by Sherri Kolade
Congress recently agreed to an end-of-year deal to pass a second coronavirus aid package that includes support for small businesses, unemployment benefits, and $600 in direct payments to most US residents, as many are at the end of their rope financially.
Senate Majority Leader Mitch McConnell announced the major milestone Sunday evening after the parties spent all weekend negotiating, a Buzzfeed according to a Buzzfeed article. Senate Democratic leader Chuck Schumer called it “better late than never.” The House is planning to vote on the bill Monday, and the Senate should follow shortly after, the published report said.
The roughly $900 billion package includes checks of up to $600 for every US adult, as well as $600 for each child dependent. The payment amounts are expected to somewhat phase out for people who make over $75,000 per year and are phased out completely for individuals who earn $100,000, which is similar to the qualifications for checks the government sent out to individuals in March, according to the article.
The bill also includes $300 per week in federal unemployment benefits (in addition to state benefits) for 11 weeks, half of what Congress provided with the CARES Act this past spring. The details are being ironed out, but it also includes billions in dollars for small businesses, the transportation industry, schools, and for COVID testing, tracing, and vaccinations.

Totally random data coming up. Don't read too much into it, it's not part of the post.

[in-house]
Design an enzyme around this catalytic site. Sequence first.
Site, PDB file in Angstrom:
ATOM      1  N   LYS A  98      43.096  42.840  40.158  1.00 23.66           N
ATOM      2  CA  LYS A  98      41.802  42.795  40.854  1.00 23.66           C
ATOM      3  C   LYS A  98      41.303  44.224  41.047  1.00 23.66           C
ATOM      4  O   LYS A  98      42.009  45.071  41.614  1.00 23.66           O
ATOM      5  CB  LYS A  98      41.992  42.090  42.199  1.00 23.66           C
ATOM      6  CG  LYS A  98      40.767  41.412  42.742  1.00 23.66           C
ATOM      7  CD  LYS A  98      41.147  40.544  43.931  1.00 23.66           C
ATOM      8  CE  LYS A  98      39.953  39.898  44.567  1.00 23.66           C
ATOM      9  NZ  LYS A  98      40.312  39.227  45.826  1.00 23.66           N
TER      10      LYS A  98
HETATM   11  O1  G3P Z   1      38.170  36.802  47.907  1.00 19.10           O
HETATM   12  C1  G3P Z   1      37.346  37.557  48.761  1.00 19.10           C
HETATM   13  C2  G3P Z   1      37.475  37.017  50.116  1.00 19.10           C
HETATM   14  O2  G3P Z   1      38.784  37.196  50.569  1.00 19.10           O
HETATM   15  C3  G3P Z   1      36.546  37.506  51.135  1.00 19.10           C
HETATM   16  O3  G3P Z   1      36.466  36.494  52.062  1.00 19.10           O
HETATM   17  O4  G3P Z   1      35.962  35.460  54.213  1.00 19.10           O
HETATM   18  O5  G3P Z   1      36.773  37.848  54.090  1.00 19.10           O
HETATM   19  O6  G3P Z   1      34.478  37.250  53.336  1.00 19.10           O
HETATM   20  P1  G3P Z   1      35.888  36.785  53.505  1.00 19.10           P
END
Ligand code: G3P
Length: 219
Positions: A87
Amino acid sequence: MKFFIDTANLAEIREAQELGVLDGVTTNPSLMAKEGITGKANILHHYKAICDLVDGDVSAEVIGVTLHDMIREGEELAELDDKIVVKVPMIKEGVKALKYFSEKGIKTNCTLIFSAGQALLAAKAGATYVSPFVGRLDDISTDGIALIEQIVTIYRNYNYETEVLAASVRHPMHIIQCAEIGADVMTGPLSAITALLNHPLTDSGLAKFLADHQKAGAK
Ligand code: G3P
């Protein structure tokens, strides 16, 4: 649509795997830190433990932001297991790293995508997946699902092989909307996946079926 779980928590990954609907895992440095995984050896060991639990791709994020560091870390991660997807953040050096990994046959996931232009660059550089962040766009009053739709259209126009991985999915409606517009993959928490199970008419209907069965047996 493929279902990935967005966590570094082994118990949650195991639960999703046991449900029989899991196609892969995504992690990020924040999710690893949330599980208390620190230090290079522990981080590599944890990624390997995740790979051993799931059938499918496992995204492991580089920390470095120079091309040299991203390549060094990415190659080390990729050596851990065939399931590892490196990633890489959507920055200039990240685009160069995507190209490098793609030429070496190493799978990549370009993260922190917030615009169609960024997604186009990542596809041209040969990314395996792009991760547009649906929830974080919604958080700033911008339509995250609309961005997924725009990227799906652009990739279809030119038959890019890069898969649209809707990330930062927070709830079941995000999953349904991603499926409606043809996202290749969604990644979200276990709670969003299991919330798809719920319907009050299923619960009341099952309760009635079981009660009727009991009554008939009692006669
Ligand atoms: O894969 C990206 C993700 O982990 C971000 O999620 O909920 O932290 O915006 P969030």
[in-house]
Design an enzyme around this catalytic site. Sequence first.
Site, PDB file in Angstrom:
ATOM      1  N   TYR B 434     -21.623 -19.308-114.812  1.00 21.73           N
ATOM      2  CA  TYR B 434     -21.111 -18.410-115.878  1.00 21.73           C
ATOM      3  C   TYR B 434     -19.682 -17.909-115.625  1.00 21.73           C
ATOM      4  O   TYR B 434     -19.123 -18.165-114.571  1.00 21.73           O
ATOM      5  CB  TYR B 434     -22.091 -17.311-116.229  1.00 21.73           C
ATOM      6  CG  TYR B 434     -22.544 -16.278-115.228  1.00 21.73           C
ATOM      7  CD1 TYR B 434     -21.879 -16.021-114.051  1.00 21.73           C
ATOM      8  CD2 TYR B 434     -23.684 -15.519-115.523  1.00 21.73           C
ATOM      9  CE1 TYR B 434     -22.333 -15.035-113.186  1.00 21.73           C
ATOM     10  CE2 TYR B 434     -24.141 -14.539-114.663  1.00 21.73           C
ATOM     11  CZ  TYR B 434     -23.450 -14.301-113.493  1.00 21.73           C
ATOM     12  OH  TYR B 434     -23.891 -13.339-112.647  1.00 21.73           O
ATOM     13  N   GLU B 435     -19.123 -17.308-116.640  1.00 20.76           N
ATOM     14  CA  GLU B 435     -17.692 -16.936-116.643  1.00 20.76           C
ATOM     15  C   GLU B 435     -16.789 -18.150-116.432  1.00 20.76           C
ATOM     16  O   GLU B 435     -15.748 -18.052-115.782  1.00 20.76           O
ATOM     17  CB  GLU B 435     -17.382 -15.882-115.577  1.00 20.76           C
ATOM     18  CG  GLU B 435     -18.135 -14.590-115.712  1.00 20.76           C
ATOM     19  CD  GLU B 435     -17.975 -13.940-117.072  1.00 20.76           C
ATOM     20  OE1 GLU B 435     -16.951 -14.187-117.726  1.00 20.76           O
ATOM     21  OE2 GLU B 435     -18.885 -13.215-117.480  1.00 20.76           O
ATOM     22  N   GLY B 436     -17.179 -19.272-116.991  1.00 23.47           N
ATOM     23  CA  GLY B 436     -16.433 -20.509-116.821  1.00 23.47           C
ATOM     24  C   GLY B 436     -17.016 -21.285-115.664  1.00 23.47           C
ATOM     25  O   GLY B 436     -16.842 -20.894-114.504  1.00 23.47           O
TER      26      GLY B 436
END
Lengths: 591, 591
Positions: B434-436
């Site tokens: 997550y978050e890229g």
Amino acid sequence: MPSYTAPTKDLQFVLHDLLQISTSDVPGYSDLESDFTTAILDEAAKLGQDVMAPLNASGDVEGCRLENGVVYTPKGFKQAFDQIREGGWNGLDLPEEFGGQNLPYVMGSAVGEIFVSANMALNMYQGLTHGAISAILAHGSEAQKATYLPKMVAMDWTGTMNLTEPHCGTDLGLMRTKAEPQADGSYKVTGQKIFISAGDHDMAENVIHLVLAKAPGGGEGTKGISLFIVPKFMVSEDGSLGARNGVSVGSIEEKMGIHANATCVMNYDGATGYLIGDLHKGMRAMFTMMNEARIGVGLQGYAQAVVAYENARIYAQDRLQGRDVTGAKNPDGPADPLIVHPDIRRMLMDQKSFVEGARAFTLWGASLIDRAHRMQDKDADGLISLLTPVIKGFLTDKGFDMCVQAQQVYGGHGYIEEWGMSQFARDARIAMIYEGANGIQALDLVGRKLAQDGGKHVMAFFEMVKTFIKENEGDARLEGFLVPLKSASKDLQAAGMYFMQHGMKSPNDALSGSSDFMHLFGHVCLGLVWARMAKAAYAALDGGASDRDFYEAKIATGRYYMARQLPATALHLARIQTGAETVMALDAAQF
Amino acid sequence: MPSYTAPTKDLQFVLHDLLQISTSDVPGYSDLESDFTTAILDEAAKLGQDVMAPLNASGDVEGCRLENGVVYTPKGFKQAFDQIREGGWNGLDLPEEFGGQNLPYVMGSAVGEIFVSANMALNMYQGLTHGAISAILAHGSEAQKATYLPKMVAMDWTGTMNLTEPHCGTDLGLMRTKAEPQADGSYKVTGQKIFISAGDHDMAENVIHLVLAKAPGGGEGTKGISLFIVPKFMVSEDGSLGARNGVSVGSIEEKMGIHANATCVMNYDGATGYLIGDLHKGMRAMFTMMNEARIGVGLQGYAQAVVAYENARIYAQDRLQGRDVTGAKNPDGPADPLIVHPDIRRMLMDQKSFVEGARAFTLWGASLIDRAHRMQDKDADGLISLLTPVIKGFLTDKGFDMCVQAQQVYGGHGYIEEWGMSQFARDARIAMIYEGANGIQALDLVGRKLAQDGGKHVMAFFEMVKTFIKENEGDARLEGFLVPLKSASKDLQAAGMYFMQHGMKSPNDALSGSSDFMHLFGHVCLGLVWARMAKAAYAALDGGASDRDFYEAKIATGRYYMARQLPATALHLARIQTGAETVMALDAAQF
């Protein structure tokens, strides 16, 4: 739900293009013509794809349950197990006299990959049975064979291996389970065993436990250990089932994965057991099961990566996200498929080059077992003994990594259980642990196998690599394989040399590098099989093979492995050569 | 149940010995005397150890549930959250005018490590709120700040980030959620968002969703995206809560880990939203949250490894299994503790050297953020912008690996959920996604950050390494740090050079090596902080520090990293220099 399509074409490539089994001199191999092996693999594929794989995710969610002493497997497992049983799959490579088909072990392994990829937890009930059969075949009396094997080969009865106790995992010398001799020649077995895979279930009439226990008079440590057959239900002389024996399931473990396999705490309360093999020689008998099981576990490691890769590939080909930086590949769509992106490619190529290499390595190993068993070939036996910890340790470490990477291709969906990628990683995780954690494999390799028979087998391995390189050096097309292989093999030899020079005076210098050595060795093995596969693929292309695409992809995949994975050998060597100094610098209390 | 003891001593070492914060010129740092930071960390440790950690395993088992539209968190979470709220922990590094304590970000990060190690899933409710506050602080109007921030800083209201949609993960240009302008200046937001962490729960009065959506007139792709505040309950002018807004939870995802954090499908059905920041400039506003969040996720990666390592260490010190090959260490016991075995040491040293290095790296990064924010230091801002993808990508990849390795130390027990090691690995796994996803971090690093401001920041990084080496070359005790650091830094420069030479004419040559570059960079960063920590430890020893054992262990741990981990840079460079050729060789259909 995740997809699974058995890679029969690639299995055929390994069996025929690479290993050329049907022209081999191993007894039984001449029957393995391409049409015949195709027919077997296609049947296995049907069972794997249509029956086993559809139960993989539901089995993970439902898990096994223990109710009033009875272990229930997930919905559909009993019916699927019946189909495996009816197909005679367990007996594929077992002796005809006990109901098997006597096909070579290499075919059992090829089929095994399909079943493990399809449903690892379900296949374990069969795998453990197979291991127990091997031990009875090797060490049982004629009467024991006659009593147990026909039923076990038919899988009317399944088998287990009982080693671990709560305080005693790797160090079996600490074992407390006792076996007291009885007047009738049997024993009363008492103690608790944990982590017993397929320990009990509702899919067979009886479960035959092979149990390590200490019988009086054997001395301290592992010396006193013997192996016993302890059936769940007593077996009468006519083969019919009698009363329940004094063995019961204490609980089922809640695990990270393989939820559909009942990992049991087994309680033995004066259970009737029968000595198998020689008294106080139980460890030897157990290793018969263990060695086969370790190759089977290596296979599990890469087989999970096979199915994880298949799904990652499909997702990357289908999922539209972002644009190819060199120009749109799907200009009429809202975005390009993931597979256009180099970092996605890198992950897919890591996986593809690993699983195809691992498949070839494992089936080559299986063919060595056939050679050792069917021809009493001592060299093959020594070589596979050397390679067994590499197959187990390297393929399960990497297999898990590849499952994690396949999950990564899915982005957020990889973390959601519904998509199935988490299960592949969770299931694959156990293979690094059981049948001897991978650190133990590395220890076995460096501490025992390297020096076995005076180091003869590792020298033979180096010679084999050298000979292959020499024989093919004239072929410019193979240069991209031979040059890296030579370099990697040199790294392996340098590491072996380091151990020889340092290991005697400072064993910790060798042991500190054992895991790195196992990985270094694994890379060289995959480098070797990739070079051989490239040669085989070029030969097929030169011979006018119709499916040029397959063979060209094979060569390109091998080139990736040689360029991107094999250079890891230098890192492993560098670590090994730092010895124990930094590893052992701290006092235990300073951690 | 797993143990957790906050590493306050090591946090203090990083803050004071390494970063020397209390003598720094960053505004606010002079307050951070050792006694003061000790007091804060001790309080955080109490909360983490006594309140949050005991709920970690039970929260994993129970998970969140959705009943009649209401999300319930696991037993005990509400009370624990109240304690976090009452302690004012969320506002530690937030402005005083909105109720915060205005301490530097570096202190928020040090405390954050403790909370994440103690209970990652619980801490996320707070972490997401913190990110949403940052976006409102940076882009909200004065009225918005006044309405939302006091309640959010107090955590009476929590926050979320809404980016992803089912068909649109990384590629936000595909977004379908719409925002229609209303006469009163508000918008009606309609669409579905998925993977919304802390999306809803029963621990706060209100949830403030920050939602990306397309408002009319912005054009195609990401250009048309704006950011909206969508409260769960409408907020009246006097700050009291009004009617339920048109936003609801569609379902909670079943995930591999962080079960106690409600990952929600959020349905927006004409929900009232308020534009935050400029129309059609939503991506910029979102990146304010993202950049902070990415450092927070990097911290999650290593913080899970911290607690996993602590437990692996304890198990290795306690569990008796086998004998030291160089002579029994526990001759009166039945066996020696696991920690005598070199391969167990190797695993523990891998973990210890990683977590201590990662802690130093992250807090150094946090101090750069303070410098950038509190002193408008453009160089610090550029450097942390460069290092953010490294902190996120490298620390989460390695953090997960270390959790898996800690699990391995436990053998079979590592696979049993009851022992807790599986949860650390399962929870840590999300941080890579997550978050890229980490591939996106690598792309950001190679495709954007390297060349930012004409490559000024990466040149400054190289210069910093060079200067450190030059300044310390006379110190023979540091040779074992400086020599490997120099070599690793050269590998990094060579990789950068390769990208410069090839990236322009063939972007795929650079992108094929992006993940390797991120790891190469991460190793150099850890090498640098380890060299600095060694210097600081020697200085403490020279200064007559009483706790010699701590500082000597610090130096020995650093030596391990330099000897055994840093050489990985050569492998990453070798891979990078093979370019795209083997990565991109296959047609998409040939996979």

Other parts of the deal include:
- $284 billion for the Paycheck Protection Program for businesses, which subsidizes keeping employees on payroll
- $35 billion in rental assistance and extension of a federal eviction moratorium
- The deal includes legislation to end the practice of surprise medical billing
- $82 billion for colleges and schools
- $10 billion for child care
- $13 billion for food stamps and children nutrition program
- $27 billion for state highways and transportation industries, including airlines and Amtrak.
It would be the first pandemic aid passed by Congress since the CARES Act in March. Since then, aid programs have expired and nearly 8 million people have fallen into poverty, according to the article. Congress is attempting to get the plan on President Donald Trump’s desk to be signed into law as early as today, according to the report.